Women of today weep out of the same depth of soul. Sorrow, grief and death are great levelers in life. Poor or rich, elderly or adolescent, pale women or women of deep color, we have no power over physical death, and the emotions that swirl around loss can ravage a woman’s heart. Watching Betty Ford as she buried her husband of so many years reminded me of that truth. All the secret service agents and memories of the years in the White House couldn’t spare her from her grief at losing a beloved husband. For each of us, the tears come, in great sobs or in drops that fall unexpectedly in the midst of a day’s routine, reminding us of the bereft space of loss.
Pain, in all its guises, brings its own tears. With physical pain, the involuntary reaction to the breaking of a bone or the birthing contractions results in tears that are instantaneous with the pain our body senses. Emotional pain, whether stemming from relational disappointments or from the darkness of depression, produces its own kind of weeping that is often unplanned, unwelcomed and unstoppable. The pain of the spirit who is estranged from God brings its own tears from the emptiness of heart, but is covered by tears of repentance that bring the angels to their knees.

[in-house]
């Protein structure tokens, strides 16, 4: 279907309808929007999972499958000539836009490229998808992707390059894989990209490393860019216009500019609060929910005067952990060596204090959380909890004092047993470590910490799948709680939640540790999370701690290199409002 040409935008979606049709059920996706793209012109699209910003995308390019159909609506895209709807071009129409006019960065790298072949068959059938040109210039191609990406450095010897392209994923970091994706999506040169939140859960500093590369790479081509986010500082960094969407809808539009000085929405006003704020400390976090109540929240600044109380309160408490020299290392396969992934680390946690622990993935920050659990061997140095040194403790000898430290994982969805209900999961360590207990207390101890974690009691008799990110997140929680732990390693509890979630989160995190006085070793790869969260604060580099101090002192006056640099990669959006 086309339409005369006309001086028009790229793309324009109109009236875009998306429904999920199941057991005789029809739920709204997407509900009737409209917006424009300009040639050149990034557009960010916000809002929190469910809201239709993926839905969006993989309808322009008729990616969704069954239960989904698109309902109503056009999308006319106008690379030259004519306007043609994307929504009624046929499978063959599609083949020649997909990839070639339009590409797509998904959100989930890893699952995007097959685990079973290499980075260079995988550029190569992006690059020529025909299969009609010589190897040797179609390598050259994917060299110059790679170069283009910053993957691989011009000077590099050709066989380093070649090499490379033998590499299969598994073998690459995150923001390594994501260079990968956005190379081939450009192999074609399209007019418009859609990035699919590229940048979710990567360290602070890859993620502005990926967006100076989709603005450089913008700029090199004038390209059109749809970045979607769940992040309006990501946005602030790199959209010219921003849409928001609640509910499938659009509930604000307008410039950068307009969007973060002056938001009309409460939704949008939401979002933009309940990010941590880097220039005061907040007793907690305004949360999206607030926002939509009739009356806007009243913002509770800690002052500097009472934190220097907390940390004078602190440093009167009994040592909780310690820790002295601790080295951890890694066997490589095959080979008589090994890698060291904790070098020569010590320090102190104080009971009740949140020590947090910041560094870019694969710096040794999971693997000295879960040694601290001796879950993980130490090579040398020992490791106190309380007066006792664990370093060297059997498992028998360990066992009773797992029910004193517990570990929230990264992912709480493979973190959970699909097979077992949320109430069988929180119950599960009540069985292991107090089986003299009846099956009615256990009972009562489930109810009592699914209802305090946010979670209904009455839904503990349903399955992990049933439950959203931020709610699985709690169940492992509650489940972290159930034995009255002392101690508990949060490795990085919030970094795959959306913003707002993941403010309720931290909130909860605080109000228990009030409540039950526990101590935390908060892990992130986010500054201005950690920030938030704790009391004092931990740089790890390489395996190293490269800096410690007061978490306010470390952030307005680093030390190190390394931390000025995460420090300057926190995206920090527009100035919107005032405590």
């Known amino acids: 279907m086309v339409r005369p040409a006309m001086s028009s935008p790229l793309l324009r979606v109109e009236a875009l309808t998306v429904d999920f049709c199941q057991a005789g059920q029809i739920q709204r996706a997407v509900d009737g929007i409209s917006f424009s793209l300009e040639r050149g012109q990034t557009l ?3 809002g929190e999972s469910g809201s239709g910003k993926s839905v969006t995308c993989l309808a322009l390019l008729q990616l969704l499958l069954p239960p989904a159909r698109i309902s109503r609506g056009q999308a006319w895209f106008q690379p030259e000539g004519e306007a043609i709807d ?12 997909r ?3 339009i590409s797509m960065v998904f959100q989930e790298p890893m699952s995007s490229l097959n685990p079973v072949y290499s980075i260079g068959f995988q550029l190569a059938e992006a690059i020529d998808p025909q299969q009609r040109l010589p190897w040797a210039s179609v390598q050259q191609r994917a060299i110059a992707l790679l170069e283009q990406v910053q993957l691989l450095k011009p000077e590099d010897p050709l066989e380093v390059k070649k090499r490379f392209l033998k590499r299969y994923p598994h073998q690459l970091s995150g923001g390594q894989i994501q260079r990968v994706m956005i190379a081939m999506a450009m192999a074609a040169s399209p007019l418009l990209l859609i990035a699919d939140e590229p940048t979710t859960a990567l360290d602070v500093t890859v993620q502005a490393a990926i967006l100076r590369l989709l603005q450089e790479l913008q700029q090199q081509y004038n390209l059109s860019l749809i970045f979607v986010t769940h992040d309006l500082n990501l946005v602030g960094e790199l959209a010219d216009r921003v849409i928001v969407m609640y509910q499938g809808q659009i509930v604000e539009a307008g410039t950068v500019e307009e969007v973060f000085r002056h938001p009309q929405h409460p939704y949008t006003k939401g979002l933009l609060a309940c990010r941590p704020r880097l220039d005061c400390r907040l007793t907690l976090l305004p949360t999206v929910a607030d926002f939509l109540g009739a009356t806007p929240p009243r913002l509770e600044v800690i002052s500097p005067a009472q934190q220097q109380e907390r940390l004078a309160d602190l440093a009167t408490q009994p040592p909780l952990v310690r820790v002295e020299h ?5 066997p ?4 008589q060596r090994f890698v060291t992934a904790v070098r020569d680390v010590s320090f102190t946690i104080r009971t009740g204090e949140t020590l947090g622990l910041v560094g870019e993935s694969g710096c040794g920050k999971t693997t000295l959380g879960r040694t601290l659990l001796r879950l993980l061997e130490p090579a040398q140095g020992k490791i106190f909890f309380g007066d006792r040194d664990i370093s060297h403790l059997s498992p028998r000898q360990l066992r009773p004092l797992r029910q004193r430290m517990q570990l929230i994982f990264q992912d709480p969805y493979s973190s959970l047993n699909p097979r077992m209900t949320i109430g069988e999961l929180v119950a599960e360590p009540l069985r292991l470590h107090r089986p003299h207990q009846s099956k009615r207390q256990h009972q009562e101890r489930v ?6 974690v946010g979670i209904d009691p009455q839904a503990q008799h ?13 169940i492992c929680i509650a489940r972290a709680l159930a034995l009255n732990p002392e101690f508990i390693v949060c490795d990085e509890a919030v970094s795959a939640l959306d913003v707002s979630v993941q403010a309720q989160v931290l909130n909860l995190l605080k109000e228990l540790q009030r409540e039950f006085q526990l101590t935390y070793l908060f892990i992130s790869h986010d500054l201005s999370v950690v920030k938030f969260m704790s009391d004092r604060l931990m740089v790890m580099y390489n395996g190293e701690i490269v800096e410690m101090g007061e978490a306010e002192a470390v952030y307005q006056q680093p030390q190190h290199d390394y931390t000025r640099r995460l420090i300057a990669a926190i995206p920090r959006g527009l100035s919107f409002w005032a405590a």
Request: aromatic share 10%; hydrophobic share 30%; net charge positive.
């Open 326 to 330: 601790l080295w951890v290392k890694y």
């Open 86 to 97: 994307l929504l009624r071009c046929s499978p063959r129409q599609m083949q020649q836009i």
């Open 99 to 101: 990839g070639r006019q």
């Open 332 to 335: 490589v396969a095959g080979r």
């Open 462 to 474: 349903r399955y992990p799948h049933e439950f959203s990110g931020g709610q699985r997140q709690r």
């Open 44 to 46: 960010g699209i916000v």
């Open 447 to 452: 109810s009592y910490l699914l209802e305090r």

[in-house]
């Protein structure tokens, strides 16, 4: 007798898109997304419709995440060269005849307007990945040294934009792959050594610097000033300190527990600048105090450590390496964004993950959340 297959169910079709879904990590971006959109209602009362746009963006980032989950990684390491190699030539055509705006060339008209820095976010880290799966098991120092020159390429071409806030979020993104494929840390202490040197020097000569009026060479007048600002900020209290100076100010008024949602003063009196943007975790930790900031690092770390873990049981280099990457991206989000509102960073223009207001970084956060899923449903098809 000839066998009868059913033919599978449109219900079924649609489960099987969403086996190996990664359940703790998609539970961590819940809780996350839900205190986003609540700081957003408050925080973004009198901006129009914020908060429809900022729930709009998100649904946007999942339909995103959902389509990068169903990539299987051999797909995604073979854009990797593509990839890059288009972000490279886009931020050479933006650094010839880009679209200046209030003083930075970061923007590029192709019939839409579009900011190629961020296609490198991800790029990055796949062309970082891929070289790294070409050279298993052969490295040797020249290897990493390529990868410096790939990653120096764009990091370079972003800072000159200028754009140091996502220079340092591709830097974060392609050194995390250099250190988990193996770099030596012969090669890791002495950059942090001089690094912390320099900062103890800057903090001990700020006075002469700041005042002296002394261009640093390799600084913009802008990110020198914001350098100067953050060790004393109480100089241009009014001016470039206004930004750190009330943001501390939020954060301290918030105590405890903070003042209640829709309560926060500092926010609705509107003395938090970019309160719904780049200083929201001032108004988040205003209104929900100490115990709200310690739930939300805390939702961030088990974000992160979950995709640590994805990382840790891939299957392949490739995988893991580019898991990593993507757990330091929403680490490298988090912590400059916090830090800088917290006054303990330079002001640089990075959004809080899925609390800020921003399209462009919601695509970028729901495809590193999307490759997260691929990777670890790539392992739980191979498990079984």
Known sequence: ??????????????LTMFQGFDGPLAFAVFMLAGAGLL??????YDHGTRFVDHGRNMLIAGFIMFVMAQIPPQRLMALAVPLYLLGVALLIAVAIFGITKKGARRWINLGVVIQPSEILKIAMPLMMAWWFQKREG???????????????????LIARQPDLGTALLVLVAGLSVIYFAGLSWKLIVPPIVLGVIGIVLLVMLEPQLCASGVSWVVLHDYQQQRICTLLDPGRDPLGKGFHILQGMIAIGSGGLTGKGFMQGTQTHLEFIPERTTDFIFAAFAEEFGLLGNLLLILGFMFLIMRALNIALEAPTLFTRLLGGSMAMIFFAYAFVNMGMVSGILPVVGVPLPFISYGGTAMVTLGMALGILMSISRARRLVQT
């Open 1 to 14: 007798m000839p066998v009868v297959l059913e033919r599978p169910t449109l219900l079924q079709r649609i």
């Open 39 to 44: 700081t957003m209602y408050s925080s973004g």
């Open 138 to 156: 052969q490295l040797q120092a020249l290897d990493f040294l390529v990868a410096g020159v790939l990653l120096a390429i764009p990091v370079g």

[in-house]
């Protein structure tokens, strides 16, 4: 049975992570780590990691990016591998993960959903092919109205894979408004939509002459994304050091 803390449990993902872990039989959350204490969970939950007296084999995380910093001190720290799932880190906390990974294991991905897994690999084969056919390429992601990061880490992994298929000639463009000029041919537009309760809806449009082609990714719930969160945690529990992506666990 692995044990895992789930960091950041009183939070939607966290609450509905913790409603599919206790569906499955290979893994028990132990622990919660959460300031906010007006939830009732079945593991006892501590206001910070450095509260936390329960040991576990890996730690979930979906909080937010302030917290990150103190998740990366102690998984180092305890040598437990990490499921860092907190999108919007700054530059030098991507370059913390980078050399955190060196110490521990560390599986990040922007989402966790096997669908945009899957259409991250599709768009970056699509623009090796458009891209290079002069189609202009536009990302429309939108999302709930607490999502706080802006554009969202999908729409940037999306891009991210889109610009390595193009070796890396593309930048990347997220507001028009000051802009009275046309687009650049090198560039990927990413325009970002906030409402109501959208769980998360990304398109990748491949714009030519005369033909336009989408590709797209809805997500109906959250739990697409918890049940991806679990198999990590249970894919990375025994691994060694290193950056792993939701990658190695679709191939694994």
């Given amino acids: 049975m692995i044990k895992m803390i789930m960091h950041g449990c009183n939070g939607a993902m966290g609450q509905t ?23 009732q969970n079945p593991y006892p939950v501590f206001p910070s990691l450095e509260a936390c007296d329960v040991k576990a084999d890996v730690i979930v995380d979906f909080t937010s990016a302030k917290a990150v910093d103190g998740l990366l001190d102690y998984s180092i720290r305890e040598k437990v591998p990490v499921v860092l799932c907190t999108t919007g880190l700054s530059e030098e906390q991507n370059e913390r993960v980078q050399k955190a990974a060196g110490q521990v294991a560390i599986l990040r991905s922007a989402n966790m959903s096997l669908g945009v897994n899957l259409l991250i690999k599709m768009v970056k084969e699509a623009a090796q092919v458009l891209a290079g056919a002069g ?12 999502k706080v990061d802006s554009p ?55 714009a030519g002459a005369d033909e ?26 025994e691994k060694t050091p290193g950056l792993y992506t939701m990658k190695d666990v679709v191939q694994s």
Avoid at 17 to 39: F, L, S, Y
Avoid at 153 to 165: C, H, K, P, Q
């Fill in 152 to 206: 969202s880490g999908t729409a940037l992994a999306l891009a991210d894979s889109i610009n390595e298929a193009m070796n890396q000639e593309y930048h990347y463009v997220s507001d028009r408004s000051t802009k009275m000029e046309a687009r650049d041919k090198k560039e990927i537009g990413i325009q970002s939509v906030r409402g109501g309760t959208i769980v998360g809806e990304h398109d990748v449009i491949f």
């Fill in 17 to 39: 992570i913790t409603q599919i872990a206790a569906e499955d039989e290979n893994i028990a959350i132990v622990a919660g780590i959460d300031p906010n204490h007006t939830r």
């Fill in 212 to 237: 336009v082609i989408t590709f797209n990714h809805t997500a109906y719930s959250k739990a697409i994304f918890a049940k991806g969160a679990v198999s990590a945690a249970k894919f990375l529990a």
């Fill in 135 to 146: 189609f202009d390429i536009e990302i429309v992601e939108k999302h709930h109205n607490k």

Women weep out of their own desperation. I spent months immersed in Hagar’s narrative as part of my seminary study, and her desperation fit like a glove. Yes, for myself, as I faced circumstances that I couldn’t change at that time, but also for so many of the women I knew and loed who have worn the labels of welfare moms, unwed mothers, and worse. I don’t know what to do. I have nowhere to turn. I have been abandoned. I am without hope. The tears pour down, those of self-pity mingling with those of utter helplessness.
World Vision provides us with an additional glimpse as to why women weep. “May my heart be broken by the things that break the heart of God.” When the frazzled mother lashes out at her child in the supermarket, women weep. When a girl-child is sold into sexual slavery, women weep. When our neighbor screams in terror, women weep. When ministry becomes vindictive and shaming, women weep. When mothers of Darfur wail, women weep. When heaven weeps, women weep.